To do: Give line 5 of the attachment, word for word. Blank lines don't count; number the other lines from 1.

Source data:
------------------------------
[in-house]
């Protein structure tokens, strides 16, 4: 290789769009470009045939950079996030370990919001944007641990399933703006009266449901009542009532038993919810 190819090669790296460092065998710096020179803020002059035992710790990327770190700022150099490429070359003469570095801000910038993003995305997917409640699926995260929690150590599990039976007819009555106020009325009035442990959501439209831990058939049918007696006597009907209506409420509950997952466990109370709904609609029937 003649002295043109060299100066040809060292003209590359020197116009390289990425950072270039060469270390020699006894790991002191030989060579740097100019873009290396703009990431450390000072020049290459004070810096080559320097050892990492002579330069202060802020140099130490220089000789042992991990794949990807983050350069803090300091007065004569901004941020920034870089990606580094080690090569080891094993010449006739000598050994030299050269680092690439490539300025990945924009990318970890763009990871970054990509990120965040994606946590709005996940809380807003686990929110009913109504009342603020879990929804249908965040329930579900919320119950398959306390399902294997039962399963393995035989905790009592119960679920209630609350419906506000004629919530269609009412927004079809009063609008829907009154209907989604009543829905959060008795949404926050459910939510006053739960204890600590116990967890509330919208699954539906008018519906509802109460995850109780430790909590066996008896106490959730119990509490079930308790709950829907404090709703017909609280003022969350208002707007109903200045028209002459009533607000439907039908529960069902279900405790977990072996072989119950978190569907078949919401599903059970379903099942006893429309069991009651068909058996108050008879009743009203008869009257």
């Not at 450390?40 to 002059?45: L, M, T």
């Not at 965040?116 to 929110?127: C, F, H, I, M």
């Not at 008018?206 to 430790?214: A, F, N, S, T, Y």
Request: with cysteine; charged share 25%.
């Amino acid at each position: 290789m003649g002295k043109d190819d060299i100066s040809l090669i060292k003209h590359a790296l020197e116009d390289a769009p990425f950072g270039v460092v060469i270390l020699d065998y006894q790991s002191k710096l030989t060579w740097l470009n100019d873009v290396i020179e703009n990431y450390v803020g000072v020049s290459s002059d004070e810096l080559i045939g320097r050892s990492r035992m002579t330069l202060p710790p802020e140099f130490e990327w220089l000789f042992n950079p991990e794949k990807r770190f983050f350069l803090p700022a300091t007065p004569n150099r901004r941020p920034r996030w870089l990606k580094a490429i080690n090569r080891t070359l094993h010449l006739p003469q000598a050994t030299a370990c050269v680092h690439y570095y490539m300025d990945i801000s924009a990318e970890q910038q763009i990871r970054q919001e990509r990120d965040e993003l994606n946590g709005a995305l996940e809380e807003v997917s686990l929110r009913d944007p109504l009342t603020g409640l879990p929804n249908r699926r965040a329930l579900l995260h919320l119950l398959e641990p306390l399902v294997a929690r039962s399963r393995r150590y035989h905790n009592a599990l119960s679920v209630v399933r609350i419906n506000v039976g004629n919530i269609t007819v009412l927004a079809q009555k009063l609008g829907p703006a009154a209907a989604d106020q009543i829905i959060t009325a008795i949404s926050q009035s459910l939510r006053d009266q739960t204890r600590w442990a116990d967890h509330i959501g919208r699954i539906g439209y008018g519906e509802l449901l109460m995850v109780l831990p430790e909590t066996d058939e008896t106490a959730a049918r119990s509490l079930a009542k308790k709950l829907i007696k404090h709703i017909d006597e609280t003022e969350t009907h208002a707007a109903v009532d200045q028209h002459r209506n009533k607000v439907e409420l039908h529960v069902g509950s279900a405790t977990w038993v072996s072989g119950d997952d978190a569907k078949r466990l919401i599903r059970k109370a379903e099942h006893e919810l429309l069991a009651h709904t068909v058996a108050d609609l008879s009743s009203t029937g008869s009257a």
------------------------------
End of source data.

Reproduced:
């Not at 008018?206 to 430790?214: A, F, N, S, T, Y």